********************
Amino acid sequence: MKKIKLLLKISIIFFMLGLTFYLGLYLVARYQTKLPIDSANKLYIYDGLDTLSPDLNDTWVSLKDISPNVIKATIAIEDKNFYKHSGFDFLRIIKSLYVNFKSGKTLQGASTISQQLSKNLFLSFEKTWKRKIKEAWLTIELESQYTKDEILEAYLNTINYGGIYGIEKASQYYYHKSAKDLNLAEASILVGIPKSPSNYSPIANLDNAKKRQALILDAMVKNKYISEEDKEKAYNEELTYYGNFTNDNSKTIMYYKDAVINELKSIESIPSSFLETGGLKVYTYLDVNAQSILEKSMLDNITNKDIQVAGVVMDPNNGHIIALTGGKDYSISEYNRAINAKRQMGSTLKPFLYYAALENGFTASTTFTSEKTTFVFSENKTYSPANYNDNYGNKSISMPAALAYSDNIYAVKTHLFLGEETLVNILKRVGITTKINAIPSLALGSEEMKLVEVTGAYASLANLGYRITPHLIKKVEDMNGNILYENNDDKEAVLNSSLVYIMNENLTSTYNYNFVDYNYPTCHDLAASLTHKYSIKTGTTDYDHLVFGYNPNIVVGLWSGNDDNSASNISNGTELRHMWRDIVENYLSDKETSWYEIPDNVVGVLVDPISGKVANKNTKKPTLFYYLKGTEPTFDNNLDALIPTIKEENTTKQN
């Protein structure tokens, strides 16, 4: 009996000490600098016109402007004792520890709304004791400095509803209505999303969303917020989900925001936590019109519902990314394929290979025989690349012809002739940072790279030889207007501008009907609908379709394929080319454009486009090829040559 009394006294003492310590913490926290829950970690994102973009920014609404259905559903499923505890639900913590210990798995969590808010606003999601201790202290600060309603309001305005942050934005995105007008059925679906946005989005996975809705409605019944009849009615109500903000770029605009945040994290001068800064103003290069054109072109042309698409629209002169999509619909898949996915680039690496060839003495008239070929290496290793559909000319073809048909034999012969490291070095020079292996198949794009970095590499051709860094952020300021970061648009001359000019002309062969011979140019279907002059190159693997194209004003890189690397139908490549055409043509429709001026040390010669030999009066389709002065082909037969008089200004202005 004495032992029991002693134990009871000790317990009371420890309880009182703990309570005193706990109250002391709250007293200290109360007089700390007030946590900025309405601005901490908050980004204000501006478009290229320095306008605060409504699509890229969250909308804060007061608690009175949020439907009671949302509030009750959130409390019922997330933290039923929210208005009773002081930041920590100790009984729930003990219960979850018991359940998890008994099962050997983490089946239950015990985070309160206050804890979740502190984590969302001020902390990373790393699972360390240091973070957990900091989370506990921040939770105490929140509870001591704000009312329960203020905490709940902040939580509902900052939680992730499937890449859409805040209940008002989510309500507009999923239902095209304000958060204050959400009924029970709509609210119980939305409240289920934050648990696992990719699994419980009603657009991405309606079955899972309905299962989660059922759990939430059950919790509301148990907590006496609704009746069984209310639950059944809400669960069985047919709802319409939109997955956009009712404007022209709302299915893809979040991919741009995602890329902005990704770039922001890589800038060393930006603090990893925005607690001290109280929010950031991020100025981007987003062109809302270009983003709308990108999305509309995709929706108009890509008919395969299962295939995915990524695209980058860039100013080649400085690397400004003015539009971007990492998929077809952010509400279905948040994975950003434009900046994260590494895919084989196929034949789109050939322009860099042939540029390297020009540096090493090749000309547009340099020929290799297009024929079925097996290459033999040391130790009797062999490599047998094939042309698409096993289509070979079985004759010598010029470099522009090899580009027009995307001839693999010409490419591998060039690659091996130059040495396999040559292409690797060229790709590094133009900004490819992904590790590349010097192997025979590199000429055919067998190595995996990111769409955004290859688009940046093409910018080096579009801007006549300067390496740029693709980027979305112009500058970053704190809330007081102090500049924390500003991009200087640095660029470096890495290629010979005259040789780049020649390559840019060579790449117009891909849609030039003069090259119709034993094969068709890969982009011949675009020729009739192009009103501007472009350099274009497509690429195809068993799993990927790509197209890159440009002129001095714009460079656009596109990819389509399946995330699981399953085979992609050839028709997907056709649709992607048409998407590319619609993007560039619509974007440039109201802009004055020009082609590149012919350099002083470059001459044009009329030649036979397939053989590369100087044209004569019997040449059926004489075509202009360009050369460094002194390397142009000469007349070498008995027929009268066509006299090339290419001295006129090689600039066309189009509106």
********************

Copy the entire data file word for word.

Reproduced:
Amino acid sequence: MKKIKLLLKISIIFFMLGLTFYLGLYLVARYQTKLPIDSANKLYIYDGLDTLSPDLNDTWVSLKDISPNVIKATIAIEDKNFYKHSGFDFLRIIKSLYVNFKSGKTLQGASTISQQLSKNLFLSFEKTWKRKIKEAWLTIELESQYTKDEILEAYLNTINYGGIYGIEKASQYYYHKSAKDLNLAEASILVGIPKSPSNYSPIANLDNAKKRQALILDAMVKNKYISEEDKEKAYNEELTYYGNFTNDNSKTIMYYKDAVINELKSIESIPSSFLETGGLKVYTYLDVNAQSILEKSMLDNITNKDIQVAGVVMDPNNGHIIALTGGKDYSISEYNRAINAKRQMGSTLKPFLYYAALENGFTASTTFTSEKTTFVFSENKTYSPANYNDNYGNKSISMPAALAYSDNIYAVKTHLFLGEETLVNILKRVGITTKINAIPSLALGSEEMKLVEVTGAYASLANLGYRITPHLIKKVEDMNGNILYENNDDKEAVLNSSLVYIMNENLTSTYNYNFVDYNYPTCHDLAASLTHKYSIKTGTTDYDHLVFGYNPNIVVGLWSGNDDNSASNISNGTELRHMWRDIVENYLSDKETSWYEIPDNVVGVLVDPISGKVANKNTKKPTLFYYLKGTEPTFDNNLDALIPTIKEENTTKQN
């Protein structure tokens, strides 16, 4: 009996000490600098016109402007004792520890709304004791400095509803209505999303969303917020989900925001936590019109519902990314394929290979025989690349012809002739940072790279030889207007501008009907609908379709394929080319454009486009090829040559 009394006294003492310590913490926290829950970690994102973009920014609404259905559903499923505890639900913590210990798995969590808010606003999601201790202290600060309603309001305005942050934005995105007008059925679906946005989005996975809705409605019944009849009615109500903000770029605009945040994290001068800064103003290069054109072109042309698409629209002169999509619909898949996915680039690496060839003495008239070929290496290793559909000319073809048909034999012969490291070095020079292996198949794009970095590499051709860094952020300021970061648009001359000019002309062969011979140019279907002059190159693997194209004003890189690397139908490549055409043509429709001026040390010669030999009066389709002065082909037969008089200004202005 004495032992029991002693134990009871000790317990009371420890309880009182703990309570005193706990109250002391709250007293200290109360007089700390007030946590900025309405601005901490908050980004204000501006478009290229320095306008605060409504699509890229969250909308804060007061608690009175949020439907009671949302509030009750959130409390019922997330933290039923929210208005009773002081930041920590100790009984729930003990219960979850018991359940998890008994099962050997983490089946239950015990985070309160206050804890979740502190984590969302001020902390990373790393699972360390240091973070957990900091989370506990921040939770105490929140509870001591704000009312329960203020905490709940902040939580509902900052939680992730499937890449859409805040209940008002989510309500507009999923239902095209304000958060204050959400009924029970709509609210119980939305409240289920934050648990696992990719699994419980009603657009991405309606079955899972309905299962989660059922759990939430059950919790509301148990907590006496609704009746069984209310639950059944809400669960069985047919709802319409939109997955956009009712404007022209709302299915893809979040991919741009995602890329902005990704770039922001890589800038060393930006603090990893925005607690001290109280929010950031991020100025981007987003062109809302270009983003709308990108999305509309995709929706108009890509008919395969299962295939995915990524695209980058860039100013080649400085690397400004003015539009971007990492998929077809952010509400279905948040994975950003434009900046994260590494895919084989196929034949789109050939322009860099042939540029390297020009540096090493090749000309547009340099020929290799297009024929079925097996290459033999040391130790009797062999490599047998094939042309698409096993289509070979079985004759010598010029470099522009090899580009027009995307001839693999010409490419591998060039690659091996130059040495396999040559292409690797060229790709590094133009900004490819992904590790590349010097192997025979590199000429055919067998190595995996990111769409955004290859688009940046093409910018080096579009801007006549300067390496740029693709980027979305112009500058970053704190809330007081102090500049924390500003991009200087640095660029470096890495290629010979005259040789780049020649390559840019060579790449117009891909849609030039003069090259119709034993094969068709890969982009011949675009020729009739192009009103501007472009350099274009497509690429195809068993799993990927790509197209890159440009002129001095714009460079656009596109990819389509399946995330699981399953085979992609050839028709997907056709649709992607048409998407590319619609993007560039619509974007440039109201802009004055020009082609590149012919350099002083470059001459044009009329030649036979397939053989590369100087044209004569019997040449059926004489075509202009360009050369460094002194390397142009000469007349070498008995027929009268066509006299090339290419001295006129090689600039066309189009509106």